Get Updates by Email

Enter your email address:

Delivered by FeedBurner

FOLLOW US ON

VIDEO

FORZIERI.COM
Bombay Duck London

Donna Karan Iris

Iris is having its fragrant moment in the sun. Think: Acqua di Parma Iris Nobile. Or Prada’s version. Frederic Malle’s Iris Poudre. There are veritable fields of iris in Chanel’s 28 La Pausa, too, within their Les Exclusifs collection. But this offering from Donna Karan – her upmarket scent portfolio, not the funky juice that sometimes comes in (hmmm) apple-shaped bottles – is definitely not just a ‘me-too’, tapping into the iris trend: it’s worthy of an encounter, a romantic encounter, in its own right. In fragrance circles, iris is known as ‘orris’, not iris – and it’s a valuable fixative, giving scents extra staying power on the skin. But that’s not primarily orris’s use: it’s sweetie-like (I’m always reminded of Love Hearts), almost baby powder-esque, soft and sensual. It also costs a small fortune, not least because orris/iris roots must be left for at least four years to ‘mature’ – a bit like vintage wine – before they offer up their fragrant bounty for a perfumer to play with. Not for nothing is iris known as the ‘molten gold’ of perfumery: one ton of iris roots are concentrated down to around 50 ml of iris absolute. Donna’s version features both orris butter (wax-like, and extracted by steam distillation), and iris absolute (iris oil).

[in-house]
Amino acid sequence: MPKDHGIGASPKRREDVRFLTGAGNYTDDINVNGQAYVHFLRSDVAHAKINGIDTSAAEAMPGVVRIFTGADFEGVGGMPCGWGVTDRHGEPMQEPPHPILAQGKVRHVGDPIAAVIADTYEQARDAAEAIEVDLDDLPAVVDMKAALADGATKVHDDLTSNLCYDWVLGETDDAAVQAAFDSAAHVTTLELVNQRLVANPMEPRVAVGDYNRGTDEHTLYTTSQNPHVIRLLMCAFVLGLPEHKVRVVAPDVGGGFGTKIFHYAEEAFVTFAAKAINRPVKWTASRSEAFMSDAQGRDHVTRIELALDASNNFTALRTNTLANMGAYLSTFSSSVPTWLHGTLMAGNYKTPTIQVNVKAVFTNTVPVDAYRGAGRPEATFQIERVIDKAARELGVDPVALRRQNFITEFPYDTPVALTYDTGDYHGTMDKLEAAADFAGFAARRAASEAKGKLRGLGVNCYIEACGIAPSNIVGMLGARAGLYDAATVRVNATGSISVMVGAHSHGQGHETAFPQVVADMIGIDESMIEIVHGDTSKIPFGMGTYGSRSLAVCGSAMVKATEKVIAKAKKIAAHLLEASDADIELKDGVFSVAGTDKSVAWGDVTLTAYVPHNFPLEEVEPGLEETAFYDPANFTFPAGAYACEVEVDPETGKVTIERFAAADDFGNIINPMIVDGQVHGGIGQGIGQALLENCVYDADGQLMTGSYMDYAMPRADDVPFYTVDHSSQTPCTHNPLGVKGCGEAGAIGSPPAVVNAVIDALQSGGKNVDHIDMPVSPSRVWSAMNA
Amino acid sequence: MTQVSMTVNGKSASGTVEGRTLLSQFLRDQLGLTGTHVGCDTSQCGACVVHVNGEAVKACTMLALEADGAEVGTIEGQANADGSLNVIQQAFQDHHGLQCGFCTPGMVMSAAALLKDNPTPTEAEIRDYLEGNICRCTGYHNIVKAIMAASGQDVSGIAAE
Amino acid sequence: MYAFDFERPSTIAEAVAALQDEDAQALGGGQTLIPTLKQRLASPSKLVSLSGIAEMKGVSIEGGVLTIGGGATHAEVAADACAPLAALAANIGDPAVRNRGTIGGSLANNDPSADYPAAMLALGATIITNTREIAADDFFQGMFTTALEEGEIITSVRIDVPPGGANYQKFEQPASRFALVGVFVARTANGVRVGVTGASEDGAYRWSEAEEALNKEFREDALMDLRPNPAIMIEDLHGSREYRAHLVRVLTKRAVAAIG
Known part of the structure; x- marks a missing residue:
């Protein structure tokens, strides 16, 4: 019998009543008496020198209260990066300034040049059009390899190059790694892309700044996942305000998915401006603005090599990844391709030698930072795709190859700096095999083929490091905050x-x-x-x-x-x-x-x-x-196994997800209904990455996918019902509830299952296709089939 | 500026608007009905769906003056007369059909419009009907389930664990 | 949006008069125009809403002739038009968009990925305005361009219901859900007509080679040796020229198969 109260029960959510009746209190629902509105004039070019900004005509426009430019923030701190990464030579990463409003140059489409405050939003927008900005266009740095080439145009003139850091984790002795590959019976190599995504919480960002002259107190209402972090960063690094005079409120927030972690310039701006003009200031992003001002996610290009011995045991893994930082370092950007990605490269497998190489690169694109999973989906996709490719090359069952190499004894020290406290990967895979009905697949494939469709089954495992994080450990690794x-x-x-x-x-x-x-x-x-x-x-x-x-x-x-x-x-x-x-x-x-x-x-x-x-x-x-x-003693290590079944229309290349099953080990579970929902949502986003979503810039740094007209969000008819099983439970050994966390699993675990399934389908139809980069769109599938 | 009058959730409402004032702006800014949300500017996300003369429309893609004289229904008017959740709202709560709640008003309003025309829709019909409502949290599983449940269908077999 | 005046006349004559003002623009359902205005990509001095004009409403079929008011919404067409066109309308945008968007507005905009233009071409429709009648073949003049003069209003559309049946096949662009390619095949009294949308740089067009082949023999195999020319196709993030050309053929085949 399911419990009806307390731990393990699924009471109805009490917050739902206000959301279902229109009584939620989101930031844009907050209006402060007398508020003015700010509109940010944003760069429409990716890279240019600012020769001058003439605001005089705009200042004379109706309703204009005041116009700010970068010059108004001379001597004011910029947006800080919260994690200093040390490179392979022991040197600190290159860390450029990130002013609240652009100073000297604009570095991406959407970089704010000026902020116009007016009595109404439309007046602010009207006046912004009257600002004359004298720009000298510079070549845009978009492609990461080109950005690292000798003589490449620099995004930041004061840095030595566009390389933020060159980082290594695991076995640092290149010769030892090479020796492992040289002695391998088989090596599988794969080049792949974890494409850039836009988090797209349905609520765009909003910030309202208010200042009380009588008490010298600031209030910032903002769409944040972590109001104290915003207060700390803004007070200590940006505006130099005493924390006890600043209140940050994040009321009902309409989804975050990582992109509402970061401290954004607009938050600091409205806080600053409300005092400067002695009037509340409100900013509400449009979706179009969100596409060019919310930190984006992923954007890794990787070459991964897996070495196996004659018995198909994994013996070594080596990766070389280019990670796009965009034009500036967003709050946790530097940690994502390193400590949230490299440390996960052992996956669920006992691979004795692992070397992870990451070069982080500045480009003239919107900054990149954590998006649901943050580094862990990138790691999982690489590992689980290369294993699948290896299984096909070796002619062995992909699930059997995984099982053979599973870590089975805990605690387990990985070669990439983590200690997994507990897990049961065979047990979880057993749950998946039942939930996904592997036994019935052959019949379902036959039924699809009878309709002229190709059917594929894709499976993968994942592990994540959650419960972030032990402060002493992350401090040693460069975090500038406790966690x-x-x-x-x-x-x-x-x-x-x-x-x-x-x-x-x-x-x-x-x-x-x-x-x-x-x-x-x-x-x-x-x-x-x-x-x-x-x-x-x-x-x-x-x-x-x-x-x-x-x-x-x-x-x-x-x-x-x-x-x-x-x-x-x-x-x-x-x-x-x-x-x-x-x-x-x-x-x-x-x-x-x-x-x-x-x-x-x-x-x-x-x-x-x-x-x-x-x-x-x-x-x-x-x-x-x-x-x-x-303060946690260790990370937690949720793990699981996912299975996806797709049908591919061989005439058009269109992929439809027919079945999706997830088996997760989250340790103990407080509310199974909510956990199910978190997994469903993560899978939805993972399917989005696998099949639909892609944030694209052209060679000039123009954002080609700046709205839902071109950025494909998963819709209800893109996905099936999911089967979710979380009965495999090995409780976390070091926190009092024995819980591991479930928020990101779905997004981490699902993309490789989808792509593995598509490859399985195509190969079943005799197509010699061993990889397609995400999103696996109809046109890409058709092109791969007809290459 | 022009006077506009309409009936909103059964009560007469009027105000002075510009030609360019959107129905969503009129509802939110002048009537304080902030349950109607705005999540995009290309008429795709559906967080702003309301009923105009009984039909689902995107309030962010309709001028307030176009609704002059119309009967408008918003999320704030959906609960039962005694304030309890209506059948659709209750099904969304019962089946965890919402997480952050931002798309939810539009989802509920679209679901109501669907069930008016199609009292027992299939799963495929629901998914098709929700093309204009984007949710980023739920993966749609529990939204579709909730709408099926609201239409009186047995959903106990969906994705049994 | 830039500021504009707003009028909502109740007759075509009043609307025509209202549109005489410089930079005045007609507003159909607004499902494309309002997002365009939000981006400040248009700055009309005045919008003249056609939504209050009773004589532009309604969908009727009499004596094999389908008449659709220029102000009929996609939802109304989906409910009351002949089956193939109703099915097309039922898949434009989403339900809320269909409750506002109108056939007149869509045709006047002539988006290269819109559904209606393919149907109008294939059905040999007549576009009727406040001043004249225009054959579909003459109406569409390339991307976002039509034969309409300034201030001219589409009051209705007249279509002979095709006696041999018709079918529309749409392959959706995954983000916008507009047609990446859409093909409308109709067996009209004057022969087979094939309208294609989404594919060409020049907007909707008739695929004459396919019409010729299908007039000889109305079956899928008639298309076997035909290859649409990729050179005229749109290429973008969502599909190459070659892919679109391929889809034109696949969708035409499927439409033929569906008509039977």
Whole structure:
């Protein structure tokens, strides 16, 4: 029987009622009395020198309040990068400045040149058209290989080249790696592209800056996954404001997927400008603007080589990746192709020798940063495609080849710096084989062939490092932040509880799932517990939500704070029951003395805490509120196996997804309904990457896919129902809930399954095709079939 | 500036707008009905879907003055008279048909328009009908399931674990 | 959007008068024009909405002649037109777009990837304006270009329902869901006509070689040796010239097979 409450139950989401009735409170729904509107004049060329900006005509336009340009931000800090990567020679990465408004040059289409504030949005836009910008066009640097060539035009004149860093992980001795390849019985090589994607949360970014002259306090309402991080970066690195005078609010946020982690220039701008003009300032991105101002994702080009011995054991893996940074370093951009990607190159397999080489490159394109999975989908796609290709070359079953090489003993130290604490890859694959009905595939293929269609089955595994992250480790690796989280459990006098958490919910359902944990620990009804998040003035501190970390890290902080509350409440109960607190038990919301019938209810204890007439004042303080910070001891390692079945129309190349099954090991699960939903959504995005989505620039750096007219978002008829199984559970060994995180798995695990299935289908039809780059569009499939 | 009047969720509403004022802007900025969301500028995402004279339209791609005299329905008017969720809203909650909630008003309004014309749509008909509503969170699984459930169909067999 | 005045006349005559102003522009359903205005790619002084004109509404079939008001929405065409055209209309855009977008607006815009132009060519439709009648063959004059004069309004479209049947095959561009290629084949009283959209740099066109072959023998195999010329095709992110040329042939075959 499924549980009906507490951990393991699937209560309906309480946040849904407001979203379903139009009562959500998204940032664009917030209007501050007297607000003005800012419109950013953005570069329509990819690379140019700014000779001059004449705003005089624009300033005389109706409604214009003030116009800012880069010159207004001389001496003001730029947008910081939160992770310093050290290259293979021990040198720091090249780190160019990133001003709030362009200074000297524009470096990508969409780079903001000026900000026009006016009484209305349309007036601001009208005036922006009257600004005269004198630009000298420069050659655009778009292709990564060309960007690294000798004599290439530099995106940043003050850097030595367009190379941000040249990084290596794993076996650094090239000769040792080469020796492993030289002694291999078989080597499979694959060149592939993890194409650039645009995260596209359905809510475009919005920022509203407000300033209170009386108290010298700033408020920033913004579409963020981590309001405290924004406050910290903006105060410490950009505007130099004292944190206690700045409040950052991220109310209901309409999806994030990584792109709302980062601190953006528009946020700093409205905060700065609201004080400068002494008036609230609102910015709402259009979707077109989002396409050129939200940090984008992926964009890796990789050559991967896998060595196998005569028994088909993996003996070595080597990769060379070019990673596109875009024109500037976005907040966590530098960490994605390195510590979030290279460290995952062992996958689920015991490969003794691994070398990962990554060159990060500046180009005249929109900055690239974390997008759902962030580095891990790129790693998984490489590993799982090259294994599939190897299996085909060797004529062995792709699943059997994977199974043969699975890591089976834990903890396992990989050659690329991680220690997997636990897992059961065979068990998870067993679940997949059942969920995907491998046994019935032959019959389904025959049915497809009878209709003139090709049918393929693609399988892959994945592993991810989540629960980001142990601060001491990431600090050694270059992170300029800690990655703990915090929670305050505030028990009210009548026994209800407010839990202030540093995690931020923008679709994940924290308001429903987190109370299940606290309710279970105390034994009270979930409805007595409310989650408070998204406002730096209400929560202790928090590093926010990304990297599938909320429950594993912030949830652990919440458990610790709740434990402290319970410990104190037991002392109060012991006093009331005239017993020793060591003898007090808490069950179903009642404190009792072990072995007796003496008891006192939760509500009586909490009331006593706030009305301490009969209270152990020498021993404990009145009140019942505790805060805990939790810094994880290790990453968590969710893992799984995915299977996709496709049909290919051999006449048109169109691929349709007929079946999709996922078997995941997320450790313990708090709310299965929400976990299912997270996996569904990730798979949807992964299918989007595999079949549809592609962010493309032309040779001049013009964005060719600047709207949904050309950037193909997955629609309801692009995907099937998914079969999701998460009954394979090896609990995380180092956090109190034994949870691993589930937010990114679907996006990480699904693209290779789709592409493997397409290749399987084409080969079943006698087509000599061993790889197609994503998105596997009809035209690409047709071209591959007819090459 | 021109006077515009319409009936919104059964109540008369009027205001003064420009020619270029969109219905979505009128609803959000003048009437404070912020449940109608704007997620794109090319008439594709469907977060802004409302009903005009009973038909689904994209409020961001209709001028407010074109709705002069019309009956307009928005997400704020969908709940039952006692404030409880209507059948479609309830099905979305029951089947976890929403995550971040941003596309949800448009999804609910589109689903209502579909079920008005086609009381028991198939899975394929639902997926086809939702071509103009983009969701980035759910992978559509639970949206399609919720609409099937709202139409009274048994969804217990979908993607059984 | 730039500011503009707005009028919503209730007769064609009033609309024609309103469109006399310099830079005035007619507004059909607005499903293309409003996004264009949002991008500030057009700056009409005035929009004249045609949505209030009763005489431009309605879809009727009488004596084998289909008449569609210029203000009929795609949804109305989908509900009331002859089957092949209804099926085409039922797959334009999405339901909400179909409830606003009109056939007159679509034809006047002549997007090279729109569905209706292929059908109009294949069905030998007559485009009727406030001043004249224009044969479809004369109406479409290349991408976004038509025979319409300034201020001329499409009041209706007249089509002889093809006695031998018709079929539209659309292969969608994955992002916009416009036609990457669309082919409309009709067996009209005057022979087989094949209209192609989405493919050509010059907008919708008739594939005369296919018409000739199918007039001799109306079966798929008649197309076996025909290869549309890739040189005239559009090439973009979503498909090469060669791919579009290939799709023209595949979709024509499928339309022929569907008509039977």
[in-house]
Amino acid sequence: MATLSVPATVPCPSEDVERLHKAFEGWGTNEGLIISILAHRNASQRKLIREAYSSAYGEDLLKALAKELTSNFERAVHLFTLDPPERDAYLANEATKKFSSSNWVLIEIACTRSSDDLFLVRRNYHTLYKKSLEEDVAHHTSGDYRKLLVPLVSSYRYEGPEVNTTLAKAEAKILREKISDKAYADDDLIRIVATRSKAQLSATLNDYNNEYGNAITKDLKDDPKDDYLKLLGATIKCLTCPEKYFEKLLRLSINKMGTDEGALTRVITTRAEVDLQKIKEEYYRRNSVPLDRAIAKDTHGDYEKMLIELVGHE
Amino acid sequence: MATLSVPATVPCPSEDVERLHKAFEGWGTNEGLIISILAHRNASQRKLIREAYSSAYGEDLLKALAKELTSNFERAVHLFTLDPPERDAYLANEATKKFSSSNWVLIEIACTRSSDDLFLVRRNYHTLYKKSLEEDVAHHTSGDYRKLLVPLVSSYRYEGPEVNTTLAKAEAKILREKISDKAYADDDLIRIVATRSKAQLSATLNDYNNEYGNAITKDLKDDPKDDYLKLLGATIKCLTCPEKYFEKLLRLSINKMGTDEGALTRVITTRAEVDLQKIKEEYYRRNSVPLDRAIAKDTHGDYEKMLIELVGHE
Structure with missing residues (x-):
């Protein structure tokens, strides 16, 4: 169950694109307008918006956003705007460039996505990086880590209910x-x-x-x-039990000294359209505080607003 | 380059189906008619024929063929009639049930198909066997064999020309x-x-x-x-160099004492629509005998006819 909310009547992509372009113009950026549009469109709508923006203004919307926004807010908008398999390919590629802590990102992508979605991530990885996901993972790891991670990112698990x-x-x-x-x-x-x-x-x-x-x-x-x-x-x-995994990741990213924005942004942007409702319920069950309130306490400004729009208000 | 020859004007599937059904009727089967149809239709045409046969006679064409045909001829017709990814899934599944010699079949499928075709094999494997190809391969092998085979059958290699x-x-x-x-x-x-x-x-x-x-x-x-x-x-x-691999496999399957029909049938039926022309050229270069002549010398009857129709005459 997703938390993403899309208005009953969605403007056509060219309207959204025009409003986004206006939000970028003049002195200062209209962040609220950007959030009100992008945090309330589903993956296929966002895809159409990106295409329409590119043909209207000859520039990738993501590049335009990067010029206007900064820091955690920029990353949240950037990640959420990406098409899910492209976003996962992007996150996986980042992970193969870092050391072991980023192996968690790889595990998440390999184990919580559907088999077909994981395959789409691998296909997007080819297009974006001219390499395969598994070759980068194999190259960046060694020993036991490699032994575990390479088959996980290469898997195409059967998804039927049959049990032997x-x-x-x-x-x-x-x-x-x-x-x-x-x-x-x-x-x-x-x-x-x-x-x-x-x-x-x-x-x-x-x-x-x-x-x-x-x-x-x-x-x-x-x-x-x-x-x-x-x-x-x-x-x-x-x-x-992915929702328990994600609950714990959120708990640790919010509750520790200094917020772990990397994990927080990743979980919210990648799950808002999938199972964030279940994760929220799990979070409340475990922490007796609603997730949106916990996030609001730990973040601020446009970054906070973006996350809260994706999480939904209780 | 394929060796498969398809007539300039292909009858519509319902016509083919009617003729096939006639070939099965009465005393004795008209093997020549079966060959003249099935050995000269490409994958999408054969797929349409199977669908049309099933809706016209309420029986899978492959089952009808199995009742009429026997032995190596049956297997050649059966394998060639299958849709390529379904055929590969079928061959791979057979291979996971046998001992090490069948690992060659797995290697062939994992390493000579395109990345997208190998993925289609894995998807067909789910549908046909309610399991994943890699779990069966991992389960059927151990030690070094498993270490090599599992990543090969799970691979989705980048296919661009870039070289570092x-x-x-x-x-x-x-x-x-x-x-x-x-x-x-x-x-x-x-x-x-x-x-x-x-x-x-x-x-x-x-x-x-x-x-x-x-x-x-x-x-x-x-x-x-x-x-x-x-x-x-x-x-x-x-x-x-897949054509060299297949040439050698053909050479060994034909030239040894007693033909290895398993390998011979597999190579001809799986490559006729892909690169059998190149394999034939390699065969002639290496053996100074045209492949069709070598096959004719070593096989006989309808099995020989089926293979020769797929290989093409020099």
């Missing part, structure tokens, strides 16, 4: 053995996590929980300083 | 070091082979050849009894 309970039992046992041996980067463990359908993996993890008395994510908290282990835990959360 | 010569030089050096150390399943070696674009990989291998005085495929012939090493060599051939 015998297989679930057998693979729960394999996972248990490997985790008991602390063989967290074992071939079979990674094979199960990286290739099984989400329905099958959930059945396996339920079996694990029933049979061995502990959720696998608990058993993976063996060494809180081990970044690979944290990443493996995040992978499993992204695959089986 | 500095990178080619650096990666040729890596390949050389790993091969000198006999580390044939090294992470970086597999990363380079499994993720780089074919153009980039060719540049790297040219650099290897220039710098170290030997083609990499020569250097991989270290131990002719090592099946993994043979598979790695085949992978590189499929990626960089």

Now, in the wrong hands, iris can be frankly icky – as can violet flower, which also features here. Yet here, those sweet elements swirl with magnolia and rose de Mai – and the result is fresh and spring-like, almost fragile, not cloying or heavy. (Although Donna Karan don’t announce it in their marketing blurb, I’d swear there’s a touch of lily of the valley in there, too. I definitely get echoes of Diorissimo, as it prettily fades.)

Cut to some hours later: the mellow sweetness of ambrette seed, and a hint, just a hint of wonderful earthy vetiver, are what you’re mostly left with. (Me? As an unreconstructed vetiver-aholic, I’m more than happy with that.) Once upon a time, during the Renaissance – and don’t you wish you’d been there? – gloves were filled with orris powder, to be time-released as the wearer wafted their hands around. In its tall, dark and handsome black glass bottle, this is the modern-day version of the iris-scented glove. Happy wafting.

Share

Read more...

Leave a Reply

 

 

 

You can use these HTML tags

<a href="" title=""> <abbr title=""> <acronym title=""> <b> <blockquote cite=""> <cite> <code> <del datetime=""> <em> <i> <q cite=""> <strike> <strong>